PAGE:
Anyway, I'm interested in how the human mind can deduce patterns where in fact no true pattern exists and how this relates to religiosity, if it does.
The "why" of the first question is easy - pattern recognition is a useful trait and occasionally seeing patterns where there are none is more beneficial than not seeing patterns where some are.
The "how" is a tough nut, what with the monstrous complexity of the brain, not even going into the unanswered questions about the nature of consciousness.
As for the second question, it surely does factor into religion as it does, in fact, factor into every worldview. How could it not?
The real crux is not that random patterns are sometimes falsely recognized as non-random paterns, imo - that's just an imperfection of our perception, very much like seeing two lines of different lengths in an optical illusion featuring two lines of equal length.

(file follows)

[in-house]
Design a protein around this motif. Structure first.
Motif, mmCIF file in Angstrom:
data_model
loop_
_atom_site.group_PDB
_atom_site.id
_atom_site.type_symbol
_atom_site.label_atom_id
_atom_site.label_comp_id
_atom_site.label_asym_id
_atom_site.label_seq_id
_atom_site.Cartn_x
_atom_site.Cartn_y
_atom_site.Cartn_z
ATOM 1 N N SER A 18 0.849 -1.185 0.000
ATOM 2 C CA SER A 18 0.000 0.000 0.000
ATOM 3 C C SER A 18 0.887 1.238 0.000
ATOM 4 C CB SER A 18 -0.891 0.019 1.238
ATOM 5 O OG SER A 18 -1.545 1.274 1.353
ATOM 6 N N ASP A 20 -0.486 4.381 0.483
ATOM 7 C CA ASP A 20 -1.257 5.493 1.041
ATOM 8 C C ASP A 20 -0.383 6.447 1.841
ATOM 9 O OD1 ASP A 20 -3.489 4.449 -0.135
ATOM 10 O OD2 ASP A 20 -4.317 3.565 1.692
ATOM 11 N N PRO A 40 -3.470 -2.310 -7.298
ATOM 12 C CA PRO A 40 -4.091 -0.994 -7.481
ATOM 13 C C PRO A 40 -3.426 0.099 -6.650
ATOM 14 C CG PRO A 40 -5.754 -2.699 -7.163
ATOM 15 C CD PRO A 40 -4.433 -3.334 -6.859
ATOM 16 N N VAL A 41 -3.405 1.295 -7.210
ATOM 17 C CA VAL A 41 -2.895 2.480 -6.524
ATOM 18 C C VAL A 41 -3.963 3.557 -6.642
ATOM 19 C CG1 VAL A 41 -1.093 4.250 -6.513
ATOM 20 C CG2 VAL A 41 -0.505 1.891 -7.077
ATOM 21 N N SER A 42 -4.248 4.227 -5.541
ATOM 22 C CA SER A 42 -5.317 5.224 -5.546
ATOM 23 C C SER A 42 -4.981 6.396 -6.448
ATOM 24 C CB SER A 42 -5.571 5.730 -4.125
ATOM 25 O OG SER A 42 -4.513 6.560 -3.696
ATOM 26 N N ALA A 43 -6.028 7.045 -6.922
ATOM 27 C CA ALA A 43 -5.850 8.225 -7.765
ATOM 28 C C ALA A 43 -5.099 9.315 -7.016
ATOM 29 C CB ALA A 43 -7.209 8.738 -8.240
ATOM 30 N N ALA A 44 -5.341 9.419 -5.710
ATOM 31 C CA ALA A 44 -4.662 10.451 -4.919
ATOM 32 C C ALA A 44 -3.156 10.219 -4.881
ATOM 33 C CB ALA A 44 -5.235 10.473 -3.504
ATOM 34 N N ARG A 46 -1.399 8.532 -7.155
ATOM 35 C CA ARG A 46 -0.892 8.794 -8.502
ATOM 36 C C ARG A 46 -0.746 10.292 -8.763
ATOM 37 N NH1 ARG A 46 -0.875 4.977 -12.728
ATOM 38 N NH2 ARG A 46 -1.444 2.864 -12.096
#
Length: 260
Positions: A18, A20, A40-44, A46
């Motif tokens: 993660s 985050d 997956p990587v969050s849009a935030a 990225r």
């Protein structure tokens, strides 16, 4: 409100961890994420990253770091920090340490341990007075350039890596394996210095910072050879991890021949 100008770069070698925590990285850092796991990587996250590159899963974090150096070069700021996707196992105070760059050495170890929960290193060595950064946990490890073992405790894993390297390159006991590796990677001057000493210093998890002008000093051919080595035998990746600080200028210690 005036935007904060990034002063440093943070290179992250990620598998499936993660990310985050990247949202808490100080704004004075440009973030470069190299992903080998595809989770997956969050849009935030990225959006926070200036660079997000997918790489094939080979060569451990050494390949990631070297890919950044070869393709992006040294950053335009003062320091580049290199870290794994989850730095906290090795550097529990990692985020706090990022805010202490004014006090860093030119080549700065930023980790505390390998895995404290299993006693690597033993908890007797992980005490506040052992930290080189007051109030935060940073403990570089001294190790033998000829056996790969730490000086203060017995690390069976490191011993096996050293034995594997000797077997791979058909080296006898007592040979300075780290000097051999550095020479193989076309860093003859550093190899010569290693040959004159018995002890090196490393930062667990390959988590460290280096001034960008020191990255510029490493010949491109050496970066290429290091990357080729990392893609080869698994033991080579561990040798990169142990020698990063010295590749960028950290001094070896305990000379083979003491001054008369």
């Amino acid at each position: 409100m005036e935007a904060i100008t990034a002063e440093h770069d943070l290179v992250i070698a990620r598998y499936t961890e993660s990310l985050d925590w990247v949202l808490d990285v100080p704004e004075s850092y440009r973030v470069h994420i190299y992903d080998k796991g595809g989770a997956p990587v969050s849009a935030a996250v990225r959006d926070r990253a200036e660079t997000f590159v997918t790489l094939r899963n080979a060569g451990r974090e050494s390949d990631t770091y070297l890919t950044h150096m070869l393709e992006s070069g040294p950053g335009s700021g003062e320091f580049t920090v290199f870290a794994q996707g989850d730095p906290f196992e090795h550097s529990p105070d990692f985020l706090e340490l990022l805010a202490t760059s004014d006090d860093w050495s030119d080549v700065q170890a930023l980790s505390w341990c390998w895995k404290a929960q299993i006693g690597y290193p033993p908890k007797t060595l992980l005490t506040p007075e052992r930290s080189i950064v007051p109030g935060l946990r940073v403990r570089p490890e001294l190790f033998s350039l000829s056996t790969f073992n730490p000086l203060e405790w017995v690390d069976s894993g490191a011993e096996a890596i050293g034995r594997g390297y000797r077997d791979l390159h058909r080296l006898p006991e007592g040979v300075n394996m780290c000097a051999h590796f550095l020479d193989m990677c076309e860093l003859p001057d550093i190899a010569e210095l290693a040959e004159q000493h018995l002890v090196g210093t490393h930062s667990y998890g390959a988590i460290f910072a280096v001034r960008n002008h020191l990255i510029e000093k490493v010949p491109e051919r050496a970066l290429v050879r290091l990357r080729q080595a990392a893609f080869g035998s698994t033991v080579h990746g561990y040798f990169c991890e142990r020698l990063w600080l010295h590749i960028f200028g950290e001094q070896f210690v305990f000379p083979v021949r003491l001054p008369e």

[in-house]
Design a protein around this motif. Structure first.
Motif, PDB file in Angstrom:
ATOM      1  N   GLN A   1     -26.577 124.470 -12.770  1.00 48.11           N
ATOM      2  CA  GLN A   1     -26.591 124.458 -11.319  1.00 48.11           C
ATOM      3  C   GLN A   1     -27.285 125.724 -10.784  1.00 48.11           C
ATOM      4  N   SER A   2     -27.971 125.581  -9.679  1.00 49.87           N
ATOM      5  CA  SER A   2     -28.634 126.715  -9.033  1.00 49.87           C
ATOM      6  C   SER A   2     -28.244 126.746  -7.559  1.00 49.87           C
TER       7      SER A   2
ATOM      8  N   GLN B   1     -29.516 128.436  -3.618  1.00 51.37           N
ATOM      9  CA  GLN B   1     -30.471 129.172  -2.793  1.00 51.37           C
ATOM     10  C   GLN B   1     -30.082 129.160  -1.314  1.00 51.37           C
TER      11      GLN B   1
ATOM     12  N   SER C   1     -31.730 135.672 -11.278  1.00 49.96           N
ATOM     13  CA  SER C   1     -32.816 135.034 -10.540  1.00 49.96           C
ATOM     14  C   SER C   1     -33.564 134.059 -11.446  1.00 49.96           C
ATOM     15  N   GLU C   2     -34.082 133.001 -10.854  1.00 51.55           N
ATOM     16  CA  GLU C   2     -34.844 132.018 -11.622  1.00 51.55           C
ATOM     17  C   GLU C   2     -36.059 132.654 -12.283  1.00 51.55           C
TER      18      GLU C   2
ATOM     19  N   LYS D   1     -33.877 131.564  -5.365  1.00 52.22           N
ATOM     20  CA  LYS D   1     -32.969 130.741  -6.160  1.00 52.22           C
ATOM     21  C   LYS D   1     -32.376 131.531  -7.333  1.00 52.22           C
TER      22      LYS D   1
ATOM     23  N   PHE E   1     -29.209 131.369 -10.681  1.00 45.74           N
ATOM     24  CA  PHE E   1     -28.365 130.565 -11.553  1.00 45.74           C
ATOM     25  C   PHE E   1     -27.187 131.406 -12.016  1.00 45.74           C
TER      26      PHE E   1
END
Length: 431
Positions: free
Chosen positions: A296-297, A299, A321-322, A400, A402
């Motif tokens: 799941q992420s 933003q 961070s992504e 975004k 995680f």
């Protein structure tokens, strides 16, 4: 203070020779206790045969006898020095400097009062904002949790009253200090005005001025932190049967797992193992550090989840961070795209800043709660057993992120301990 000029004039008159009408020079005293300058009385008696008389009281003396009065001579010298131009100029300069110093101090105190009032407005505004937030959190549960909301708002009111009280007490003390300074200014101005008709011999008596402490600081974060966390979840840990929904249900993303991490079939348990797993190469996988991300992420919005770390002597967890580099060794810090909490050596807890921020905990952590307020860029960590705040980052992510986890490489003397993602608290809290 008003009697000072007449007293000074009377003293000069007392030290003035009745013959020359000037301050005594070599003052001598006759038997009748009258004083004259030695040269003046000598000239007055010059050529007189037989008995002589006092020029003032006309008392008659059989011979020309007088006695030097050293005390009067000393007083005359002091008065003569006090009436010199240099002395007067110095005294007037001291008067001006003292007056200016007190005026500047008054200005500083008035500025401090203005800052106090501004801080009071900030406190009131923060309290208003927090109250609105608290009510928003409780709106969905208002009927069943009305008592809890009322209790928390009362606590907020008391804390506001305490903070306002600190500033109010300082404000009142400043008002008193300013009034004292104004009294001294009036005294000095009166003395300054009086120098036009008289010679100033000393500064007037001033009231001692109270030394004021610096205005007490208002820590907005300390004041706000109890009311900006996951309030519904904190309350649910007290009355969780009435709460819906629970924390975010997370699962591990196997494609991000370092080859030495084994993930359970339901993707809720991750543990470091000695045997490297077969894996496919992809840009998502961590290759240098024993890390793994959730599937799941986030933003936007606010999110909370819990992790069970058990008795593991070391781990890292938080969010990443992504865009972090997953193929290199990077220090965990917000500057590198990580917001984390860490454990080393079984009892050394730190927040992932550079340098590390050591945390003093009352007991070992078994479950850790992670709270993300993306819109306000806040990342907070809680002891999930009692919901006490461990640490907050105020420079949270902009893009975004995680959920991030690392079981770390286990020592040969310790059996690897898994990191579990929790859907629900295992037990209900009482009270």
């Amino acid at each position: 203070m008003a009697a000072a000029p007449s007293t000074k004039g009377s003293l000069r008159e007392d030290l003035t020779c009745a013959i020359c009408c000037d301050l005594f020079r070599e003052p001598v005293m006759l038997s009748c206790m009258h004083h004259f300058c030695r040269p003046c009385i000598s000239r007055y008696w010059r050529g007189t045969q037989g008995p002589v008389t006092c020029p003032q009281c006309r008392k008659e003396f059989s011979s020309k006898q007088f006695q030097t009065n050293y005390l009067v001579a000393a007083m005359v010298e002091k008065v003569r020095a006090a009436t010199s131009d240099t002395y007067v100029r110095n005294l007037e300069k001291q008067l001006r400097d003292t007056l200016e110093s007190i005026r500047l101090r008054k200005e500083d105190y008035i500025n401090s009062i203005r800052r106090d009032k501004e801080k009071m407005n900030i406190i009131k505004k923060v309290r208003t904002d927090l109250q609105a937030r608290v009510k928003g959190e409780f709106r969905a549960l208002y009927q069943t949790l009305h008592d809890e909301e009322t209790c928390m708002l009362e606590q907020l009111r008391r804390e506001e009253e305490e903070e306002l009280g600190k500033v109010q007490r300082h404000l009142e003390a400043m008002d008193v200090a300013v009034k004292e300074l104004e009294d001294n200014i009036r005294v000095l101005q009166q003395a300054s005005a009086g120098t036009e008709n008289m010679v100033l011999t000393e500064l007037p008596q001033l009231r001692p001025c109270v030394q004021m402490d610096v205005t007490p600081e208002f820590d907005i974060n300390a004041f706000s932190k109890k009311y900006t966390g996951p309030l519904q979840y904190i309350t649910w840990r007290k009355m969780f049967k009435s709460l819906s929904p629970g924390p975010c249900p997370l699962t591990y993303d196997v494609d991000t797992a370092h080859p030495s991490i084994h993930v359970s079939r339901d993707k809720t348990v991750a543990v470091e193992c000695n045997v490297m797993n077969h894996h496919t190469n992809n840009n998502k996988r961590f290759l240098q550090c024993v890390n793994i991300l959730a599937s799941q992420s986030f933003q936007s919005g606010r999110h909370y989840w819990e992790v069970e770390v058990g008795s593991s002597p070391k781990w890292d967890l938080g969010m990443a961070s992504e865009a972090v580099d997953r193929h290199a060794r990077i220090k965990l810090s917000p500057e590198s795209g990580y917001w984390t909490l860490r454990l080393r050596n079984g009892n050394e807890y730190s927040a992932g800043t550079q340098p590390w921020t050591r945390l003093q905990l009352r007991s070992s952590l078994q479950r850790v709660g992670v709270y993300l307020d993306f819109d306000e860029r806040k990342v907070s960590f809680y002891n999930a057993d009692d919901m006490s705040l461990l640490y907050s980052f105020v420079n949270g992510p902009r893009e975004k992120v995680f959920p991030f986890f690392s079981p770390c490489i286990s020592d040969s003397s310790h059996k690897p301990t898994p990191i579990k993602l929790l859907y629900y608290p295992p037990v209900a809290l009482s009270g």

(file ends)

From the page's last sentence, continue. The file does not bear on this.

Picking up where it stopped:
The bigger factor by far is the attribution of agency to patterns perceived - correctly or otherwise. This is of course again easily explained as a beneficial trait. A threat is a threat no matter if it's a flashfire or a wolf pack and the distinction is irrelevant if the goal is simple survival and nothing more.
But of course the combination of the two does have some ramifications that are perhaps more important in the formation and maintaining of religiousity than they are elsewhere. Where there is (pre)supposed agency and explanations are sought, those explanations will entail agency - and thus, motives.
Unidentified false patterns need explaining in much the same way. Add the usual heuristic biases to pattern recognition and it's easy to see how patently nonexistant phenomena suddenly demand explanation - explanations that, once the biases as well as agency are removed, seem patently absurd in retrospect.